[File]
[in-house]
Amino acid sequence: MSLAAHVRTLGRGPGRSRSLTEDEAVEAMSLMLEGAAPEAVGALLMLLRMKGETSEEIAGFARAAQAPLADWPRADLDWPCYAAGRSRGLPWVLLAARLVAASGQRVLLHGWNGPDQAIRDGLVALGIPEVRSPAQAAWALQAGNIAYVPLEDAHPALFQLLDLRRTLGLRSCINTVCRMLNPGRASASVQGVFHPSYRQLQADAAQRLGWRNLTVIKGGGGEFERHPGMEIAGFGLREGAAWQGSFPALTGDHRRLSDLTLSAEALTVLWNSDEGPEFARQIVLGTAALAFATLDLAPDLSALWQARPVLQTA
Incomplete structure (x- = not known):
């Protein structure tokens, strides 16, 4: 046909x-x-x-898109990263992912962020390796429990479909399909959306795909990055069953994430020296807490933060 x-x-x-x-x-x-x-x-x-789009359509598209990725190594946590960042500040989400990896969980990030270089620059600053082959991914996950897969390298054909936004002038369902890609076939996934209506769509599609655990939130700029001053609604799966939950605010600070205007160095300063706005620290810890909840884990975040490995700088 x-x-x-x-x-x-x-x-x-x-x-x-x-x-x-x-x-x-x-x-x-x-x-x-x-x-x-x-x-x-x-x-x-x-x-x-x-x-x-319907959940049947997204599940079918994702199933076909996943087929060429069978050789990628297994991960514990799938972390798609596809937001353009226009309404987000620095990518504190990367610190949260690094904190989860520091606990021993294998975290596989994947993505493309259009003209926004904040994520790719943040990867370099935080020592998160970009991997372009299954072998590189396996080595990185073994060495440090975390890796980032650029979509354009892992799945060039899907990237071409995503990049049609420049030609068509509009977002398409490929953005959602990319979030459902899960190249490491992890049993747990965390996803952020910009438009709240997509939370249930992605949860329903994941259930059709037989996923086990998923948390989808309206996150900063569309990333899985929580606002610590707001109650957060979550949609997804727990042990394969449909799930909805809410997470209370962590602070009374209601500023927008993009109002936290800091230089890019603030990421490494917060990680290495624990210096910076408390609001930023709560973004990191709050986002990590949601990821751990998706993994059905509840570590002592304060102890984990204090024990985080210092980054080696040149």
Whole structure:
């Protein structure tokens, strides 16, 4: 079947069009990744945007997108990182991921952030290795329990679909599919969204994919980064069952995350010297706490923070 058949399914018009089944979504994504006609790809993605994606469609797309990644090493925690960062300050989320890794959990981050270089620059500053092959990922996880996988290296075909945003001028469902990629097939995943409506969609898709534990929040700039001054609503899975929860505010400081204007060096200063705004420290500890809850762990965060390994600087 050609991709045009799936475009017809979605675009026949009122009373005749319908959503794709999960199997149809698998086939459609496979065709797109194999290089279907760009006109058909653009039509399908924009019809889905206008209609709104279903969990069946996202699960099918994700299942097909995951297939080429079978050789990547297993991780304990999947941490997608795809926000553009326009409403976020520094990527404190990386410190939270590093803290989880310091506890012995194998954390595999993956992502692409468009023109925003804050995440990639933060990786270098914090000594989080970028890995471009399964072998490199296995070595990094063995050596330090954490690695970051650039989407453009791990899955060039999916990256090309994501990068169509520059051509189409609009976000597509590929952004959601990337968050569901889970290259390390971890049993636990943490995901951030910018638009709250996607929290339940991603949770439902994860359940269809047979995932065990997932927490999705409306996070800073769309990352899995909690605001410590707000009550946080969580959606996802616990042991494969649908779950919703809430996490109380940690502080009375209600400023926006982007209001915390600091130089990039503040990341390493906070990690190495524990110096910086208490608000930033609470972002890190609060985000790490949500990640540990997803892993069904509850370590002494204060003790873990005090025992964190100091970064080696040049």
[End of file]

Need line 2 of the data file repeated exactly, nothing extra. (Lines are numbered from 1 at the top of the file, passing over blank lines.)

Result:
Amino acid sequence: MSLAAHVRTLGRGPGRSRSLTEDEAVEAMSLMLEGAAPEAVGALLMLLRMKGETSEEIAGFARAAQAPLADWPRADLDWPCYAAGRSRGLPWVLLAARLVAASGQRVLLHGWNGPDQAIRDGLVALGIPEVRSPAQAAWALQAGNIAYVPLEDAHPALFQLLDLRRTLGLRSCINTVCRMLNPGRASASVQGVFHPSYRQLQADAAQRLGWRNLTVIKGGGGEFERHPGMEIAGFGLREGAAWQGSFPALTGDHRRLSDLTLSAEALTVLWNSDEGPEFARQIVLGTAALAFATLDLAPDLSALWQARPVLQTA